And, I will honor myself this day because I am a mother to many.

I will remind myself, as I want to remind all the mothers and fathers out there, to take care of ourselves, especially this Mother’s and Father’s Day. Make sure you receive care, from your loved ones and from yourself, because it is only through filling ourselves up that we can truly give and care for others.

Never to forget the fathers of course, I would like to pass along a message you simply cannot escape from when it comes to me, no matter what version of a father you are.

Talk about it.

Ask for help.

Break your silence.

And, if it counts for anything, I give you all permission to not have to be the ever strong husband.

I wish I had been able to communicate this more clearly to Chad as we were going through our own infertility journey. To be able to assure him that he didn’t always have to be the ever strong man, never showing too much emotion and being stoically strong while I lost my sanity.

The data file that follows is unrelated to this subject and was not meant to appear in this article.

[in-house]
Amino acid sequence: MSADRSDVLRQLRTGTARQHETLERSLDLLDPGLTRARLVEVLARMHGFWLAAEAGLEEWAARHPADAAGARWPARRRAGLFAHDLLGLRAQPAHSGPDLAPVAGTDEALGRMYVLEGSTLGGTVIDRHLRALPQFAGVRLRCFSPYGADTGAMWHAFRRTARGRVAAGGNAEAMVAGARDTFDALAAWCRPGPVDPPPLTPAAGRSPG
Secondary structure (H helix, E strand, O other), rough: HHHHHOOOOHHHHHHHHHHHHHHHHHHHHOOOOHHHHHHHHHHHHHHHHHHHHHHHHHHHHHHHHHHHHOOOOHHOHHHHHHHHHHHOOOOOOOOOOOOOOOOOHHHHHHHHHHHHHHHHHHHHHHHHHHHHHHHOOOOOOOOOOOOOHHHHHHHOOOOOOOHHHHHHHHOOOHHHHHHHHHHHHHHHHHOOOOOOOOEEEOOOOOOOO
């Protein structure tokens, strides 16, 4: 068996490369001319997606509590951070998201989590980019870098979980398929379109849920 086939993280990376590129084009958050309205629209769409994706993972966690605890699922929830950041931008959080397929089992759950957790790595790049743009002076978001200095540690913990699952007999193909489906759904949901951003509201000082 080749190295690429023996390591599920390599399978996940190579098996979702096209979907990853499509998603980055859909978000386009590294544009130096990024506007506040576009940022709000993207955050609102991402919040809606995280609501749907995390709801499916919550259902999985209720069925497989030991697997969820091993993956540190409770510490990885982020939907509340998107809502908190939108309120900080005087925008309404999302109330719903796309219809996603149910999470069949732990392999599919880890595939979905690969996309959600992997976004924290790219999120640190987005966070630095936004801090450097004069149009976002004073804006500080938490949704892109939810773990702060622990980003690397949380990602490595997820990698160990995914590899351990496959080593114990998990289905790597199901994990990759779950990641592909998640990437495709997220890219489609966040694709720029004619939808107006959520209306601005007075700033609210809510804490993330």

Even though it may be scary at first for us to see this authentic vulnerability from men, to actually see behind the armor of a man’s strength, is truly what we want and need from our partners. And, even though this is counter intuitive to how you have been raised and what our culture says, I believe this authentic vulnerability from men is what will make marriages and each of us happier and healthier versions of ourselves.

Especially as you are fighting through infertility and loss and even more so after, no matter your ending.

I hope you get through these days together, turning towards one another and honoring the feelings of all the feels. I am assuming time helps this day get easier eventually, in the meantime do the work, speak your story and rise ever upward.


This post is a combination of two older posts submitted to the incredible Share Newsletter this month. Don’t forget when you purchase Ever Upward through our online store, $5 of the purchase price goes to support Share Pregnancy & Infant Loss Support.